Here's my take.

Biggest change if Kennedy had not been assassinated? No 26th Amendment, and that would be a GREAT thing indeed.

Allowing 18 year old's to vote is beyond idiotic, and causes us no end of trouble. They are, as a group, insufficiently mature, especially with America's extended childhood culture.

I doubt Kennedy would have continued conscription and/or the Vietnam war. No conscription, no "oh, so I'm old enough to die for my country (by force), but not old enough to vote?"

EDH said...

Jello Biafra would be a short-order cook and the Dead Kennedys would not have garnered their transgressive notoriety.

cokaygne said...

David said, "But in those days, we trusted the government more. We assumed that the Justice Department was supposed to enforce laws, not be a weapon and shield for the executive branch."

All we knew about government came from WaPo, NYT, and the TV networks which hired people like Cronkite to read the headlines from those newspapers. Ben Bradlee of the WaPo was a personal friend. End of story.

Terry Josiah said...

John F Kennedy would have had to resign due to a sex scandal.
He would say its due to his health, though that also could have been a legitimate excuse too.

As for Vietnam, read the book "The Kennedy imprisonment" by Garry Wills. He makes a very convenience case that JFK would not have withdrawn from Vietnam and destroys the myth that JFK handled the Cuban missile crisis wisely.

david7134 said...

What I remember about the Kennedy years is that he was truly hated by the people here in the South. He almost got us into a nuclear war and if not for the courage of Khrushchev, we would have had WWIII. The people in the South were able to figure this out. I have read a good bit on Kennedy's heroic episode with his PT boat in WWII. This is all fiction. Kennedy was going to be court martialed for his dereliction in duty in have his boat sunk and men killed. His father turned it into a heroic event.

I was discussing the Kennedy killing with a guy my age yesterday and we definitely had similar experiences at our high schools. On hearing the announcement that Kennedy had been killed, the students began to cheer and the teachers danced on their desk.

bbkingfish said...

David7134 said...

"What I remember about the Kennedy years is that he was truly hated by the people here in the South. He almost got us into a nuclear war and if not for the courage of Khrushchev, we would have had WWIII. The people in the South were able to figure this out."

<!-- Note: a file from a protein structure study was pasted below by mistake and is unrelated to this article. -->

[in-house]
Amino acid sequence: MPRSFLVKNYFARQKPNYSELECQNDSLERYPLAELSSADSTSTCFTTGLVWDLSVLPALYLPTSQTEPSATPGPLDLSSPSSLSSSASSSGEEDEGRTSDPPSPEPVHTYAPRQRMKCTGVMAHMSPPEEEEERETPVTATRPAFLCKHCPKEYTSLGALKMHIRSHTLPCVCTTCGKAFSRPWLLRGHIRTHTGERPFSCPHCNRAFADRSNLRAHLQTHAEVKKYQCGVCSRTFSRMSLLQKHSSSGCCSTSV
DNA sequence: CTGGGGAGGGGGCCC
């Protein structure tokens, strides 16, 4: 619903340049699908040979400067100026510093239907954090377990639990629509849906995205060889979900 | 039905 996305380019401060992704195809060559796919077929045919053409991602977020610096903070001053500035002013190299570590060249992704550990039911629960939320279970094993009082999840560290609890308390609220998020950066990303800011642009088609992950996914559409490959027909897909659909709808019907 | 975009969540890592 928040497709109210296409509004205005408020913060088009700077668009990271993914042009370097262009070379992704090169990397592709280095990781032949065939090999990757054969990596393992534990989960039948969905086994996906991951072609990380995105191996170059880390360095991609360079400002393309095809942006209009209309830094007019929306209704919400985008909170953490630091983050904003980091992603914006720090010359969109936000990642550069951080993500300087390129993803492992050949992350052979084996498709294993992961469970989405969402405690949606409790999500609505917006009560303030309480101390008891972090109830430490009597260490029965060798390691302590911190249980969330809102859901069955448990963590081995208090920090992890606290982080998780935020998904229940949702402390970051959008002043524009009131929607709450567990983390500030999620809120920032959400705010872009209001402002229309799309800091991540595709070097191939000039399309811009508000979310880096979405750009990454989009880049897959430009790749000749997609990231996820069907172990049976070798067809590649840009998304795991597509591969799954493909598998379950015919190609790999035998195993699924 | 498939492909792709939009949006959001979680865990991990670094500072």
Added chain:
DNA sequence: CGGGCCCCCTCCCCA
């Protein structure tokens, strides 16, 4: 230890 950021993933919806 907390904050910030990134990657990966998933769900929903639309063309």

I can attest to the accuracy of David's remembrances.

In the early 60s, the people of the South were absolutely in love with Khruschev. Their enthusiasm for the Russian leader was second only to their affection for Fidel Castro. These two joined other favorite traitors like Benedict Arnold and Robert E. Lee at the top of the pantheon of patron saints of southern values.

Phaedrus said...

"If Kennedy Lived" fantasy was thoroughly examined by Meade and me in August 2012

OK I must be the only one that this was going a whole different direction.

Not wanting to be slapped by Ms Althouse or punched by Meade I'll leave it at that.

St. George said...

I'll second bbkingfish by adding that when I was a boy in the South and my parents went on trips, my mother always insisted that we stop at Nikita's for lunch.

It's pretty much forgotten now, but after ol' Krus retired and came to live in Mississippi, he set up a pretty darn successful chain of hamburger drive-ins.

You could get an Uncle Tom sandwich for a quarter, and the ketchup was always Red!

Balfegor said...

If Kennedy had lived, I think there's a good chance he'd have continued to back those batshit crazy CIA plots all over the world. Under Kennedy, the CIA would probably have covertly backed a coup d'├ętat against Park Chong-hee, just like they did with Ngo Dinh Diem in Vietnam and Abd al-Karim Qasim in Iraq. With predictably awful results.

If Kennedy had lived, my grandparents and my mother and uncles and aunts would probably have been lined up against a wall and shot.

It was a tragedy for America that he was assassinated. And broadly speaking, I think he stood for sensible things. Lower taxes. Massive military build up. Going to the moon. But in international relations, he was a blunderer of the first order. Worse than Carter. Or Obama.

Donald Lawn said...

I am the author of a book, “The Memoirs of John F, Kennedy: A Novel” which delves deeply into the question presented by this blog - “What sort of world would we inhabit if, fifty years ago, John F. Kennedy had recovered fully from bullet wounds inflicted at Dealey Plaza and gone on to fulfill a second term as president?”

For all his faults I admire JFK, and it is reflected in the book. If anyone is interested in a well-researched alternative fictional account of “what might have been?” which ponders the politics and personalities of all those involved in the early sixties- give it a read.